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Parents: Never Give Over-the-Counter Cough Remedies to Your Kids. Here’s Why

Analysis by Dr. Joseph Mercola

It may be tempting to run to the store and grab a cough syrup off the shelf when your child has a stuffy nose, the sneezes or nonstop coughing, but don’t do it. These over-the-counter (OTC) remedies, which often include decongestants or antihistamines, not only might not help your child, but could cause harm, Business Insider reports.

Drowsiness, gastrointestinal problems and severe conditions like convulsions and rapid heart rate are just some of the possible side effects — as well as death. The recommendations against OTC cough meds come from pediatricians, who say never give children under 6 these concoctions, and to be very careful if you give them to children ages 6 to 12.

This is an opportune time to review natural cold remedies for both children and adults, and to remind you that, no matter how unwell you feel, antibiotics are not going to help a cold or flu, as they are caused by viruses — something antibiotics don’t treat. In fact, studies show that giving antibiotics when they’re not called for could actually lengthen the time you’re sick.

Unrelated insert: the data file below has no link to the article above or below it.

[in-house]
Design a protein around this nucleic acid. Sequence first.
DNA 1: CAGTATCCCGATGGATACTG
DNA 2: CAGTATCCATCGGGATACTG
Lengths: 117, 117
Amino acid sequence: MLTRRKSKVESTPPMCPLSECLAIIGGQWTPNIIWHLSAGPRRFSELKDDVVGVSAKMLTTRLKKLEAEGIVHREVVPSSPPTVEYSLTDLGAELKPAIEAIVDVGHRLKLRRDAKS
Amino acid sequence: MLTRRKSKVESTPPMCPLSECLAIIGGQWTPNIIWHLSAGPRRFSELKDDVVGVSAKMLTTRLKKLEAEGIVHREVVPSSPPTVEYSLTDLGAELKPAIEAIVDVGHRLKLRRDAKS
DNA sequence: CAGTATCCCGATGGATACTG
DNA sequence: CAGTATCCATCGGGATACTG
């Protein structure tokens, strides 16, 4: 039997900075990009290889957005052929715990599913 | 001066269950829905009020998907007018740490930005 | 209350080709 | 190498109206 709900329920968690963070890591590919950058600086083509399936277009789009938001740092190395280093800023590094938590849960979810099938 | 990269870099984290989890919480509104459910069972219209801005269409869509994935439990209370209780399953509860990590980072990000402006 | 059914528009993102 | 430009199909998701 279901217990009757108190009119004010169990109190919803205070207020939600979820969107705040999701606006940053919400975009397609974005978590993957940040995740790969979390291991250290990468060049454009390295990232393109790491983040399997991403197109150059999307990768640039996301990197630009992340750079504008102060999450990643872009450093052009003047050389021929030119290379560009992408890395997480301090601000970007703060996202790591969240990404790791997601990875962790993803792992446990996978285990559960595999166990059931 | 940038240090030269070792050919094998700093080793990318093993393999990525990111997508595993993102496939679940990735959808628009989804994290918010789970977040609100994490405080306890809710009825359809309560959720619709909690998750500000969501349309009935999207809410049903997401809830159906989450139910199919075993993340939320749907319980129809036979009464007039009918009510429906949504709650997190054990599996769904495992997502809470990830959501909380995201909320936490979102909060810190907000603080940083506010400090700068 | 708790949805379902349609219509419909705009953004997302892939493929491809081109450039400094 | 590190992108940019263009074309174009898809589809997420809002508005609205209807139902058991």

The good news is there are many ways to help shorten the time you’re down with a virus. If you’re trying to help a child who’s coughing, one remedy that’s approved by health officials and which I whole-heartedly recommend is a dose of raw honey. And for the doubting-Thomases out there, studies have shown that honey is as effective for coughs as a cough syrup or cough drops. (Just remember: Honey is a sugar, so you don’t want to take it in large amounts.)

Another great treatment for coughs and colds that is safe for children is something that would make your grandma proud: chicken soup. Although the biological basis for using chicken soup is unknown, a team of researchers from the University of Nebraska Medical Center found evidence that chicken soup — both homemade and from the can (I don’t recommend canned, though) — had anti-inflammatory properties that could prevent the side effects of a cold.

As an adult, if you’re thinking of supplementing, some vitamins that can help you during this time include vitamins C, D, A and E. Zinc is another supplement you might try, as zinc is nutritionally essential for immune function.

However, remember that too much zinc interferes with copper bioavailability and too much iron can reduce your absorption of zinc. Foods rich in zinc include lobster, oysters, beef, crab, pork, cashews, chickpeas, chicken and Swiss cheese.

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